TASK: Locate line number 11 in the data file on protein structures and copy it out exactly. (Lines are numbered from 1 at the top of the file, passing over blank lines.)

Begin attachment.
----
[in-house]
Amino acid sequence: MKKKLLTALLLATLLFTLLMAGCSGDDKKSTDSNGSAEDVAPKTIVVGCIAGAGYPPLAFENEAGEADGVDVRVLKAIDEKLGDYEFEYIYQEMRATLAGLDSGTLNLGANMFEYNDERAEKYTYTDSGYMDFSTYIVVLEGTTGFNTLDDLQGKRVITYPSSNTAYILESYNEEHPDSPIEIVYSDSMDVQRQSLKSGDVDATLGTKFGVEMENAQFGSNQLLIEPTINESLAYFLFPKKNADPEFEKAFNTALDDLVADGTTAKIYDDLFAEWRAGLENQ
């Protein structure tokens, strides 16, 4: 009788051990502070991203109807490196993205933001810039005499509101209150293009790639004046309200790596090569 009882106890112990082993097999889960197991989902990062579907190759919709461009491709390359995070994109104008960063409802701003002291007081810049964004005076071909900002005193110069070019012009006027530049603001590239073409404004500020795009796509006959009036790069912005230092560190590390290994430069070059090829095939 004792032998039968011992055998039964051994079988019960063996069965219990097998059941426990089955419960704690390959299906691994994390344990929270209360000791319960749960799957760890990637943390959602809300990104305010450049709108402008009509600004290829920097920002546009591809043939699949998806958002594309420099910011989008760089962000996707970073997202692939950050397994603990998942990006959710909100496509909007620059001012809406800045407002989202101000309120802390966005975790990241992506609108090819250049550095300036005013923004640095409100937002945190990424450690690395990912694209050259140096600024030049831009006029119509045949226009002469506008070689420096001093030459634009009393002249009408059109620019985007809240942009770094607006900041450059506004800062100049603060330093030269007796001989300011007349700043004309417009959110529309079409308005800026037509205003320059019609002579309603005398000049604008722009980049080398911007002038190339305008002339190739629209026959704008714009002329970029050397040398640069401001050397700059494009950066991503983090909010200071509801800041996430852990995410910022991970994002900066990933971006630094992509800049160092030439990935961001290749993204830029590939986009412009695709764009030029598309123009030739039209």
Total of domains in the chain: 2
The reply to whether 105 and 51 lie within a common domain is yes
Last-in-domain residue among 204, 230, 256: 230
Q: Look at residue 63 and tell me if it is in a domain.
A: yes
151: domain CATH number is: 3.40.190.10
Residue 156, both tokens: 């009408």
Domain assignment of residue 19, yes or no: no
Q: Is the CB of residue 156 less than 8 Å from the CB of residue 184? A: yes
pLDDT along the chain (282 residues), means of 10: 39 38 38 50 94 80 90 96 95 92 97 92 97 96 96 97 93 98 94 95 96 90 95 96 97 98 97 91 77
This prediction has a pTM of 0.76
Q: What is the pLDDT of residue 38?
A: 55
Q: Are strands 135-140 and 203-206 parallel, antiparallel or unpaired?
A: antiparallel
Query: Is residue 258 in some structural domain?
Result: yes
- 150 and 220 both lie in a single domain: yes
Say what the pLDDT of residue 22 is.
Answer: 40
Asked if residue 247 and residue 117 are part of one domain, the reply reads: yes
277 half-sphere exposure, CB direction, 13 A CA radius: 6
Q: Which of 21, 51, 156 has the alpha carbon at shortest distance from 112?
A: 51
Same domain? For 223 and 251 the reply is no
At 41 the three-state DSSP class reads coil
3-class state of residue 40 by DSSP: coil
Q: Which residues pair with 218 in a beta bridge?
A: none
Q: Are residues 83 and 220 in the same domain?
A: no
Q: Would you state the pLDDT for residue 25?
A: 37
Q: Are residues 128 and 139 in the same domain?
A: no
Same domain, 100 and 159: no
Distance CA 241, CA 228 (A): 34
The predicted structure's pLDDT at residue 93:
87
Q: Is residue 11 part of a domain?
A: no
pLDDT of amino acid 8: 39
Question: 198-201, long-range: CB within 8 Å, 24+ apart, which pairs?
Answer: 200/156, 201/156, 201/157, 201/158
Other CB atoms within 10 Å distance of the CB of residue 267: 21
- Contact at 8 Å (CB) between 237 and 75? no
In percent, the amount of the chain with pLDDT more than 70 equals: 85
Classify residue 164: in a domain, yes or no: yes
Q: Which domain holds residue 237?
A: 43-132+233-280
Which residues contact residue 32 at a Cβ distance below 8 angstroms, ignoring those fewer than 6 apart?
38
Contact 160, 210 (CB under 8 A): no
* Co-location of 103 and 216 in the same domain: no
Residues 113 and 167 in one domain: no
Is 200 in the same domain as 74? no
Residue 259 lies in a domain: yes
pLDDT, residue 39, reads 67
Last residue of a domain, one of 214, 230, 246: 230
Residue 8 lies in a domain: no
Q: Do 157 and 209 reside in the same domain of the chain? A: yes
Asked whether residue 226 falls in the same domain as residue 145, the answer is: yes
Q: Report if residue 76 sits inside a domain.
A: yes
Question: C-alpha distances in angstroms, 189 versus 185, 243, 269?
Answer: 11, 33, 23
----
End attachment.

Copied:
Domain assignment of residue 19, yes or no: no